Massed ranks of military and party leaders pledged complete loyalty to North Korean leader Kim Jong-un yesterday on the second anniversary of his father’s death, at a time of growing concern over the regime’s stability.
The vows of obedience, at an elaborate gathering in Pyongyang honoring Kim’s father and former leader Kim Jong-il, followed the shock execution last week of the young leader’s uncle and one-time political mentor, Jang Song-thaek.
Jang’s purge raised questions about factional infighting at the top of the Pyongyang hierarchy, prompting both Seoul and Washington to warn of possible provocative acts by the nuclear-armed North.
State television showed tens of thousands of military and party officials sitting stony-faced in pin-drop silence for several minutes, before rising to greet Kim Jong-un with thunderous applause as he took his place on the leadership podium.
“We should be warriors to safeguard the party center with our lives... with the conviction that we know no one but the great comrade Kim Jong-un,” ceremonial head of state, Kim Yong-nam, said in an opening address.
He added that the country had made “great strides” in the two years since Kim Jong-un took over after his father’s death.
Under Kim Jong-un’s leadership, North Korea has successfully placed a satellite in orbit and in February this year conducted its third — and most powerful — nuclear test.
The mass meeting also heard a keynote address by top military leader Choe Ryong-hae, who some analysts believe had a hand in the ousting and execution of Jang — long seen as the nation’s unofficial No. 2.
The military will support “our supreme commander, under any storms and hardships,” said Choe, a close Kim Jong-un confidant who holds the military rank of vice marshal and is director of the Korean People’s Army’s general political department.
“We will share the fate with our respected supreme commander by living and dying with him until the very last moment,” he said, while firing off a warning at rival South Korea. “If the enemies drop a single drop of fire on our motherland, our soldiers will immediately storm out to wipe out all the invaders and achieve unification.”
There was no sign on the leadership podium of Kim Jong-un’s aunt and Jang’s widow, Kim Kyong-hui — a major political player in her own right who holds the military rank of four-star general.
The Korean Central News Agency said Kim Jong-un had visited his father’s mausoleum on Monday, in the company of his wife Ri Sol-ju. Ri has not been seen since October, prompting speculation she may also have fallen out of favor.
‘NO EQUILIBRIUM’: Taiwan’s increased defense spending is a good step, but it needs to do more to have the ability to deter aggression from China, a senior US official said The US plans to sell as many as seven major weapons systems — including mines, cruise missiles and drones — to Taiwan, four people familiar with the discussions said. Pursuing seven sales at once is a rare departure from years of precedent in which US military sales to Taiwan were spaced out and carefully calibrated to minimize tensions with Beijing. However, US President Donald Trump’s administration has this year become more aggressive with China, and the sales would land as relations between Beijing and Washington are at their lowest point in decades over accusations of spying, lingering trade tensions, disputes about the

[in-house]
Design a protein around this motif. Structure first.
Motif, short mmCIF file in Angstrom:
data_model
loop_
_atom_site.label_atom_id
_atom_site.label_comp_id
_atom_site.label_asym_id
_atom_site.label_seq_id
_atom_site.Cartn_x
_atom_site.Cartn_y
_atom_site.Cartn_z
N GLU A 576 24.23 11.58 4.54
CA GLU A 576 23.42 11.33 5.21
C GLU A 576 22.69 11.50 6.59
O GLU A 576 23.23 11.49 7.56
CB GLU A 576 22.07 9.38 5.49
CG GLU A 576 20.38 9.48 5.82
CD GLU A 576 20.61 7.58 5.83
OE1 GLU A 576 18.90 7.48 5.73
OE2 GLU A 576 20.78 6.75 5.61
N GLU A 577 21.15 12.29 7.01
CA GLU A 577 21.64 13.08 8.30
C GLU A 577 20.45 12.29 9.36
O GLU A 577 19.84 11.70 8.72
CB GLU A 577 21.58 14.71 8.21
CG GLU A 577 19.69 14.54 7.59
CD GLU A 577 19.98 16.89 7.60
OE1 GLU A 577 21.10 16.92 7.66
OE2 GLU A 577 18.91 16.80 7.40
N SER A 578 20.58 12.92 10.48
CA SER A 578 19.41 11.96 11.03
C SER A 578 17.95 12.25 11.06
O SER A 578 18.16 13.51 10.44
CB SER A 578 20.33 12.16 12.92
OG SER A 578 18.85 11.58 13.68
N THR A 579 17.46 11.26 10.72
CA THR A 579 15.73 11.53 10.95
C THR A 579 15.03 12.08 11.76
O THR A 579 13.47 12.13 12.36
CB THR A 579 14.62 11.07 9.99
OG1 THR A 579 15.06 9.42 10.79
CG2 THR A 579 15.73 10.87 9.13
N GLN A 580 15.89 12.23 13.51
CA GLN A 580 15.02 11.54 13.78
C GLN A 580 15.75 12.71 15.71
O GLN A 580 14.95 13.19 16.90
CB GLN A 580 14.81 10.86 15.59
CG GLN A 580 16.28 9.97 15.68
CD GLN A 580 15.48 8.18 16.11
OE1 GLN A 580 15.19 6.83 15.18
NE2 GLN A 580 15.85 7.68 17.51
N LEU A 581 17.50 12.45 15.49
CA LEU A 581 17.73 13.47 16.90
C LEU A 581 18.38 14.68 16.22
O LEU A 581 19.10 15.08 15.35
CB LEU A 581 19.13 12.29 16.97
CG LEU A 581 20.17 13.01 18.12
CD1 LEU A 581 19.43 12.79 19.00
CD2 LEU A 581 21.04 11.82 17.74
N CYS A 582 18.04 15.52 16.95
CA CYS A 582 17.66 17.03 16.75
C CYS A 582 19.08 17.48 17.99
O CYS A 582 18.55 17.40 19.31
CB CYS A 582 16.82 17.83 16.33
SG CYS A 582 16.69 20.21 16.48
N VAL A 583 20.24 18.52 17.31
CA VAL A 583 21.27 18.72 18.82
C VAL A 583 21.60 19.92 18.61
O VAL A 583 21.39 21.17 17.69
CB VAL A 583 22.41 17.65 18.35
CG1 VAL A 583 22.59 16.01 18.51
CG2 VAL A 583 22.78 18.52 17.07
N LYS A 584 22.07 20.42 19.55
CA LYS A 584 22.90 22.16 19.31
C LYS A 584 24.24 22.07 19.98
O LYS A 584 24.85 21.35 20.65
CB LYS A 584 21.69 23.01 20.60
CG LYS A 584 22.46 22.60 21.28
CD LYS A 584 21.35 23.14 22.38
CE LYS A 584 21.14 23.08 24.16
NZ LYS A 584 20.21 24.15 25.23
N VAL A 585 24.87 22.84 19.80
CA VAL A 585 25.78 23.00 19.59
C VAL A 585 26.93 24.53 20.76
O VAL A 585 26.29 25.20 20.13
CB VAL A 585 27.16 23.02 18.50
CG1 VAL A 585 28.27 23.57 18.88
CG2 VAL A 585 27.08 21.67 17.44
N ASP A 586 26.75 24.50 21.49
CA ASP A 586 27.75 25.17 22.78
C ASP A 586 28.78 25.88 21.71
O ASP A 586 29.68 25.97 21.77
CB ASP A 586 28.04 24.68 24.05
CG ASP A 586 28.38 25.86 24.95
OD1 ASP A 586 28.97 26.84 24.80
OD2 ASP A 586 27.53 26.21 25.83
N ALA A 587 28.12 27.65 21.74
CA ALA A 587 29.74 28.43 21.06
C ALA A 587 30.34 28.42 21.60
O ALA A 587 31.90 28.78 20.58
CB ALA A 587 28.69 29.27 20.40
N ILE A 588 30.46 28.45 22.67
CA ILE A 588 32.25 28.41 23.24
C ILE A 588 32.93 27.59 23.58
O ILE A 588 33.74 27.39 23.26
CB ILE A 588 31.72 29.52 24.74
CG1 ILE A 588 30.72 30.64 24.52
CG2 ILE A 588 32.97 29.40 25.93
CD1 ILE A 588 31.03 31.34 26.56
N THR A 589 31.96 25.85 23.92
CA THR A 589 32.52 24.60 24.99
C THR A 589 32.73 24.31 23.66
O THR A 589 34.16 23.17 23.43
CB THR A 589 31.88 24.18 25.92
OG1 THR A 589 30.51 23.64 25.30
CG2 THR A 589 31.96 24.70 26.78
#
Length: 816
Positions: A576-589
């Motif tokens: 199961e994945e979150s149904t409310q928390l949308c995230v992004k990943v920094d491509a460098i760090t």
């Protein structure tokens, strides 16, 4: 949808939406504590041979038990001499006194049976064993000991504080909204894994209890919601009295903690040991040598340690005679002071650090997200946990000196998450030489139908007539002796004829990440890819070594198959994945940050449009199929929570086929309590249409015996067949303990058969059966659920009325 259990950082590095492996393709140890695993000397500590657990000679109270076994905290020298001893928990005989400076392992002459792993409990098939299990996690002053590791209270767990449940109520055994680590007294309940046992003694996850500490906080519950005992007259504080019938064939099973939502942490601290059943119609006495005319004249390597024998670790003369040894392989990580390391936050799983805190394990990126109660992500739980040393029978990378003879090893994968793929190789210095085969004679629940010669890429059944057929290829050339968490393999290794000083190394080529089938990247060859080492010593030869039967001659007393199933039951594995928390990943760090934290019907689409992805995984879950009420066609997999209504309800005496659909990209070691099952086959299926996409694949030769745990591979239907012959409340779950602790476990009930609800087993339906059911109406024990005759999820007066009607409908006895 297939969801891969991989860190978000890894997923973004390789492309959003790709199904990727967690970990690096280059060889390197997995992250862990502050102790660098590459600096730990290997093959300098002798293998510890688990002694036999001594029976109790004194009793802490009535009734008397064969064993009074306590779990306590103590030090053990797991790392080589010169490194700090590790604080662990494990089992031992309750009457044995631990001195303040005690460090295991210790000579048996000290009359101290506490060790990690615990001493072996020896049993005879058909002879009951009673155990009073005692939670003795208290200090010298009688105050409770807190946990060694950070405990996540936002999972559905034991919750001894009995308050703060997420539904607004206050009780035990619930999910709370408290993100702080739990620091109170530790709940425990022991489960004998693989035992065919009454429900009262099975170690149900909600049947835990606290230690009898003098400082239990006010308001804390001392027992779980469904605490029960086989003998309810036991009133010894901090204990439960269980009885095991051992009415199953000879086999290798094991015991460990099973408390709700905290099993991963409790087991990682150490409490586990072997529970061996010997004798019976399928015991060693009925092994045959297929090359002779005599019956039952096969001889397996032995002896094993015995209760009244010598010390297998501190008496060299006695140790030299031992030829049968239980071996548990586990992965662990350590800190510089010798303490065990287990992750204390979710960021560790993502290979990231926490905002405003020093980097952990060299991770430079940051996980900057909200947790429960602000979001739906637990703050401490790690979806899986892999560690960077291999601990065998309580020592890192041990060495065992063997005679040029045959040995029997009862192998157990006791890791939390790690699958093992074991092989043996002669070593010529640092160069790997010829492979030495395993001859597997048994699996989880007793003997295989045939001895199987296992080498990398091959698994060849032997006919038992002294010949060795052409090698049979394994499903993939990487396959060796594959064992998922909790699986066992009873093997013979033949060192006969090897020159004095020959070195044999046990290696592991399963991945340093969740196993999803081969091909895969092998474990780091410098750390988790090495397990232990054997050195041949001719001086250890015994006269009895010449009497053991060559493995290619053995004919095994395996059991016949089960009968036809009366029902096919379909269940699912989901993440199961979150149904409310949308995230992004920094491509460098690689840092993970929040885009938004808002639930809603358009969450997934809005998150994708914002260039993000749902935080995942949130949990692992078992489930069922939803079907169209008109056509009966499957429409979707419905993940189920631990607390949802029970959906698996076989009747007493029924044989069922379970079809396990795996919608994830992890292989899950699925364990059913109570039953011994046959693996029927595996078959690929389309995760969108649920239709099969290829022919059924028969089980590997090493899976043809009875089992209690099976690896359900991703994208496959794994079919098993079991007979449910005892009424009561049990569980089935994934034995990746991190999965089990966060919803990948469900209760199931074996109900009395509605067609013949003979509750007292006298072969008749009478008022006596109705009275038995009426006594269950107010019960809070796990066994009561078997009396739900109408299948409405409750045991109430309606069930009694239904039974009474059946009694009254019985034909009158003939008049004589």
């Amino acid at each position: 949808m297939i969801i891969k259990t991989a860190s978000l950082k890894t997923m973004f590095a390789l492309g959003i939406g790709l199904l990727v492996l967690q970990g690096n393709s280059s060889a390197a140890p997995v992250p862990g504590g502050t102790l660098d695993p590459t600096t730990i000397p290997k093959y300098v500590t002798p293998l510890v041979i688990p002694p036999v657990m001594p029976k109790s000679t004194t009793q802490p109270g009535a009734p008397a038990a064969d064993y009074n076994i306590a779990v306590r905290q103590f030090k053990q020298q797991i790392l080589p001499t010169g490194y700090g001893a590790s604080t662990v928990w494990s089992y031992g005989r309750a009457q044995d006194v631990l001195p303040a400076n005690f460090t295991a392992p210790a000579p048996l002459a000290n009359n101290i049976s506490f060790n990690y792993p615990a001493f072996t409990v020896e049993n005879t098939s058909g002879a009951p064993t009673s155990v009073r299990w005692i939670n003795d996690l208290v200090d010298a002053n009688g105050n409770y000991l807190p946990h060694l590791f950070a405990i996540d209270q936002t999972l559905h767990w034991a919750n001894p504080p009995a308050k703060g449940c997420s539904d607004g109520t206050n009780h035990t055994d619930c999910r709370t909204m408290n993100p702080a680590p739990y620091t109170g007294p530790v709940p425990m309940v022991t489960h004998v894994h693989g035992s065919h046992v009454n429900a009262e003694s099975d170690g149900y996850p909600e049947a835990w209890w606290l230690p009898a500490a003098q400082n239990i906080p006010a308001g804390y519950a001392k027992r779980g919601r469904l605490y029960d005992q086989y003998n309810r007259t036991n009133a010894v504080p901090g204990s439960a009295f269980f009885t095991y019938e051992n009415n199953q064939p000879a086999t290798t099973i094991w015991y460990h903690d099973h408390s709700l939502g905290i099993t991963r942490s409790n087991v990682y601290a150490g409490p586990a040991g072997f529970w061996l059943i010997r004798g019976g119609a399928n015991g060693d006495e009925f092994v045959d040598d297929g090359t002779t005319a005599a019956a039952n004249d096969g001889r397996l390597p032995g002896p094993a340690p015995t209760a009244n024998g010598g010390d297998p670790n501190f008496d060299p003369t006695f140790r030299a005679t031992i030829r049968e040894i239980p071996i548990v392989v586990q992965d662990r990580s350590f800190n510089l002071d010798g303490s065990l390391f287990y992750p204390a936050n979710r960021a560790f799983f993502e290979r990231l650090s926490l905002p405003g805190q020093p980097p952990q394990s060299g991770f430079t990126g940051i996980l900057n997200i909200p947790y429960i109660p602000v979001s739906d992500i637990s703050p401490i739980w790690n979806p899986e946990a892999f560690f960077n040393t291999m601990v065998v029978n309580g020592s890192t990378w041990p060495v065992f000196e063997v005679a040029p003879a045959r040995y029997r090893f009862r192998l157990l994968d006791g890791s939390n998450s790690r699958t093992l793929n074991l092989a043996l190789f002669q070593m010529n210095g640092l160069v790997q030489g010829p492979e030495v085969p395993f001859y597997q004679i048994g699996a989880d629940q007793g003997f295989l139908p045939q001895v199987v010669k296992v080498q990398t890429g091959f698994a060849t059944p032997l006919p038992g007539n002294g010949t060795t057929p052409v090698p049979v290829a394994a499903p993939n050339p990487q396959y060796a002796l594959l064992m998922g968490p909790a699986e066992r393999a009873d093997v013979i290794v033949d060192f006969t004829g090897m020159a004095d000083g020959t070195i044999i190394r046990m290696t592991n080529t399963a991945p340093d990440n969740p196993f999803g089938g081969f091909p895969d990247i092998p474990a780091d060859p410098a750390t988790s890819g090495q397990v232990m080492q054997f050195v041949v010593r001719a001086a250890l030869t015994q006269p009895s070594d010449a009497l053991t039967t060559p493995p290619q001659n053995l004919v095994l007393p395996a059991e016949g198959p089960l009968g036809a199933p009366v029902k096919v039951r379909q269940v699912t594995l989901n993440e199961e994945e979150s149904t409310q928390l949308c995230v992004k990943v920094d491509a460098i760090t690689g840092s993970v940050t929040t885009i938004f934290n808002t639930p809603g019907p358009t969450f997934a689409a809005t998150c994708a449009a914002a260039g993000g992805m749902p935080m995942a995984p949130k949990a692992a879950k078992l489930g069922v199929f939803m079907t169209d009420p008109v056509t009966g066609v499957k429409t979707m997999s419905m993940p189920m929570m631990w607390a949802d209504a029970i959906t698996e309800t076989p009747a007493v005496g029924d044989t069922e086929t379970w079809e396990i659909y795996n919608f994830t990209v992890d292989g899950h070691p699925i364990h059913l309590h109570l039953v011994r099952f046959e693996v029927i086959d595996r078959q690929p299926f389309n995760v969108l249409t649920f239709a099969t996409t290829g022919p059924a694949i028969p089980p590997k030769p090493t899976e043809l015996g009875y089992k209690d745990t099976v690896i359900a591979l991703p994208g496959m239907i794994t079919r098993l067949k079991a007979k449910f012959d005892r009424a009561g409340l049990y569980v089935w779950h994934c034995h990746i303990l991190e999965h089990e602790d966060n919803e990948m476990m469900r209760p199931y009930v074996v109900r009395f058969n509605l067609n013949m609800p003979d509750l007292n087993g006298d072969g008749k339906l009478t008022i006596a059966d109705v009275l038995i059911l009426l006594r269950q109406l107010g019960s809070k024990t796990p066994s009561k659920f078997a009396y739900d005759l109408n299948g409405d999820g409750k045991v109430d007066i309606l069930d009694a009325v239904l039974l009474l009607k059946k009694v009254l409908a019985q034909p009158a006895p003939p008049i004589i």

CLOSE ENCOUNTERS: Several of the PLA fighter jets that crossed the median line of the Strait came within 68km of Hsinchu, drawing warnings from Taiwan, the ministry said At least 18 Chinese military aircraft yesterday flew into the nation’s air defense identification zone (ADIZ) on the second day of a US delegation’s visit, the Ministry of National Defense said, adding that the military responded by deploying an air defense missile system to monitor their activities. A delegation led by US Undersecretary of State for Economic Growth, Energy and the Environment Keith Krach on Thursday started a three-day visit to Taiwan. The ministry from Thursday started publicizing the actions of the Chinese People’s Liberation Army (PLA) in Taiwan’s ADIZ on its Web site and Twitter. According to ministry reports, 18 PLA aircraft
WORKING OVERTIME? NTU professor Lee Duu-jong denied that he had held a part-time position at a Chinese university or joined China’s Thousand Talents Program A candidate for the post of National Taiwan University of Science and Technology (NTUST) president yesterday dropped out of the race following a report questioning his links to Chinese academia and government programs. Lee Duu-jong (李篤中), a professor at National Taiwan University’s (NTU) chemical engineering department, was a member of China’s Changjiang Scholars’ Program in 2006 and was on the list of its Thousand Talents Program in 2017, a report by Chinese-language Mirror Media magazine said yesterday. The article said that Lee is suspected of having held a part-time job at the Harbin Institute of Technology in China and was the recipient
A Taiwanese bird protection group yesterday said that it has been kicked out of BirdLife International — a global conservation partnership — after it refused to sign a statement saying it would never advocate independence. The Taipei-based Chinese Wild Bird Federation said that BirdLife International last week voted to remove it, ending a partnership that had been in place since 1996. Over the past 20 years, the federation has changed its English name three times to satisfy BirdLife International, and recently the international group demanded that it change its Chinese name and sign a statement that it is “formally committing to not